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Two children play video games on a tablet at an airport in Xian, China. Photo: Shutterstock

China’s young video gamers deterred by Beijing’s harsh rules, but loopholes remain, report finds

  • Gamers aged between six and 17 totalled 83 million in China this year, down from 122 million two years ago, according to Niko Partners
  • However, analysts found that more than 80 per cent of parents in China have lent IDs to their children to circumvent game time restrictions
Video gaming

In 2020, six out of 10 Chinese children played video games, but by 2022, only four in 10 children are doing so, thanks to Beijing’s rigid online game time limit for minors, according to a new report published by market research firm Niko Partners.

Gamers aged between six and 17 totalled 83 million in China this year, down from 122 million two years ago, analysts found.

Chinese authorities issued a new rule last August, which came into effect in September, restricting play time for gamers aged under 18 to between 8pm and 9pm on Friday, Saturday, Sunday and statutory holidays.


China limits online gaming time for young people to 3 hours a week

China limits online gaming time for young people to 3 hours a week

The regulation, designed to root out gaming addiction among youngsters, was driven by Beijing’s belief that video games are harmful to the healthy development of the nation’s youth.

As a result of the regulation, 77 per cent of young Chinese gamers have been playing for fewer hours each week, according to analysts.

The government’s move could have a lasting impact on China’s video gaming industry. According to the report, the number of young gamers in the country is expected to recover to only 115 million by 2026 – several million fewer than in 2020.

Analysts also expect the regulation to hurt the supply of esports talent in China.

The findings of the report reflect the “strong impact” on the overall games and esports market in China, said Lisa Hanson, founder and president of Niko Partners.

Despite the market challenges, Tencent Holdings and NetEase – the country’s top two video gaming companies – have been careful to toe Beijing’s line, while stressing that revenue from young gamers makes up only a tiny portion of their revenue.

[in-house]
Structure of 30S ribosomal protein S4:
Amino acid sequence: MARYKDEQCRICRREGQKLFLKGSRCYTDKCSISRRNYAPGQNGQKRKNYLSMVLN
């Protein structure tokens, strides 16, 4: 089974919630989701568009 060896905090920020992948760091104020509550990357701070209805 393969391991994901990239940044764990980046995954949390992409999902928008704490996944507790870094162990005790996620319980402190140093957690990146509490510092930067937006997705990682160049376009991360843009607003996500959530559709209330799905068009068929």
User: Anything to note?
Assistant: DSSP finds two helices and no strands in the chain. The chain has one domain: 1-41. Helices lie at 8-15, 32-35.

Tencent, the world’s largest gaming company by revenue, has repeatedly warned its young gamers not to bypass the restrictions by renting adult accounts from the grey market, or using the accounts of their parents and grandparents.
In July 2021, the firm deployed a new feature in its facial recognition system that cross-checks ID information with police databases to identify minors who played excessively at night.
A young gamer in headphones play an online video game at an Internet cafe in Shenzhen, China. Photo: Shutterstock

NetEase added similar functions last month, as part of its two-month campaign aimed at “protecting minors during the summer holiday”.

TapTap, an online game store owned by Hong Kong-listed and Shanghai-based XD, has told video game developers that it is necessary to insert anti-addiction features in games that they intend to publish in mainland China.

However, eager young gamers have still managed to find loopholes in the system.

Analysts at Niko Partners found that 82 per cent of parents have lent adult IDs to their children to play games, while 29 per cent of young gamers are playing more than the official limit of three hours a week.

By 2026, 56 per cent of the youth population are expected to be playing games, compared with 51 per cent of the general population.

“Youth gamers remain a vital part of the games market,” Hanson said. “Gamers, developers and game publishers will necessarily adjust to the new system in the coming years.”